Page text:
History + storytelling = autobiography

The first show I watched from the audience at this year’s Fringe was the new work The Annotated Autobiography of Leone McGregor, by Savanna Harvey.  The performer credits for the show listed Kendra Lamothe as Leone, Savanna as The Writer, Vina Nguyen as Freud, and Heather Janzen as The Stagehand, and the performance starts with the Stagehand seated on the stage beside a box of props, putting a script up on an overhead projector and making notes on it as the narrative progressed.  This was an interesting layer, reminding me of lectures of a certain era.  Sometimes I would look at it ahead of what was happening on stage, in the same way that subtitles don’t always reveal the key points of a story at the same time as the French or foreign-language spoken dialogue does.  Sometimes the Stagehand’s presentation would prevent that by covering sections of the page with paper, and I remembered that teaching technique as well.  One page even contributed the inner dialogue of an imaginary reader in a classroom setting struggling to keep up with the text on the page.

But that was just a side thing – most of the storytelling evolved in a fairly linear and visual way, showing the life story of Leone McGregor, born in Saskatchewan early in the previous century to poor parents, attending Normal School at a young age and teaching school to raise money for university, then studying medicine as the only woman in the first medical-school class at U of Alberta, continuing to graduate school in pathology, the only medical research discipline that would offer her fellowships.  And eventually she was able to study and practice her real calling, psychotherapy.  “Until I acquired the word, how could I know what I wanted to be?” the character says.  This fits with musings earlier on, “concept without words, meaning without text, what is the point?” says the Writer, which is funny because this performance (as most) endows the non-verbal with layers of meaning.  The movement piece that expresses young Leone’s being teased and bullied and “just a game” assaulted by classmates, and its soundscape, was evocative and disturbing, as were other movement-heavy segments of the piece.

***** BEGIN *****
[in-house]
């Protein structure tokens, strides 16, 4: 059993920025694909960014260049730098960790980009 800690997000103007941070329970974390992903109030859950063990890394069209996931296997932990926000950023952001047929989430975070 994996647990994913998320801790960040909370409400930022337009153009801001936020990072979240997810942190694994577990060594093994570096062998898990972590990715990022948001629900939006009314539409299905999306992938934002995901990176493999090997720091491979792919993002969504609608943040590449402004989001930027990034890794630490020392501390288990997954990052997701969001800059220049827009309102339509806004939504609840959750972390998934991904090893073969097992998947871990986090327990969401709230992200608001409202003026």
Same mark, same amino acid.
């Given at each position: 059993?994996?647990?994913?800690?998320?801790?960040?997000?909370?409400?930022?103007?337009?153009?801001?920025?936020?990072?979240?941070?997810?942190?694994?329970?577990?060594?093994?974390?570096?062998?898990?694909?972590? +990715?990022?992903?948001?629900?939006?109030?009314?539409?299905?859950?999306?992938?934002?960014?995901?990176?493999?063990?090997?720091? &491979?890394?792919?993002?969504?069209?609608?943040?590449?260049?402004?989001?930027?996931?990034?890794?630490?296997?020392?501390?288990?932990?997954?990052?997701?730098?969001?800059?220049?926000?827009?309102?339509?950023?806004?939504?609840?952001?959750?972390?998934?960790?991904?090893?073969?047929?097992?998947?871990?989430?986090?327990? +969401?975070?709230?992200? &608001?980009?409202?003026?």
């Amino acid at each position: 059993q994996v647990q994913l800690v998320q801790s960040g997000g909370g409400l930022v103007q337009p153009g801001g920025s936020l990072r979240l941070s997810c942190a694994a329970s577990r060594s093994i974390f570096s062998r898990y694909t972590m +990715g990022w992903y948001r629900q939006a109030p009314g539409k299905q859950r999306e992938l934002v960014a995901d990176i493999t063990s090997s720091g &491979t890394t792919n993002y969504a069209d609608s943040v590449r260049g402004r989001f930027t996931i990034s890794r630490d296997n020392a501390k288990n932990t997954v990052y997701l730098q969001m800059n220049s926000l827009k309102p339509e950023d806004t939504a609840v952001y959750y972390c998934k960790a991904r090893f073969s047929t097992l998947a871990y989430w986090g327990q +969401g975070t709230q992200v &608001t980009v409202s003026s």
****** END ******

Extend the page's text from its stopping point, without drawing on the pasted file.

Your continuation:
Leone’s letters (handwritten on the projections, read out by the actors) added pieces of the biography and also demonstrated the importance Leone placed on her friendships with other women, keeping in touch through her travels for career and new husband.   The samples of psychological counselling advice were odd, mostly seeming to include suggestions of resolving the problem by spending money on something – self-care, a romantic weekend, other indulgences.  I was reminded of the newspaper-advice segments of the 1960s in Shout.

I found the story satisfying, and the writing clever but not so clever it distracted me. Karlie Christie’s costuming is also worthy of mention, particularly Leone’s period-appropriate and movement-friendly outfit.  As Autobiography is playing in a BYOV space, it has more performance times than a lottery-venue show, and if this intrigues you, you should seek it out.

And now, back to the grounds!  See you at the Fringe!

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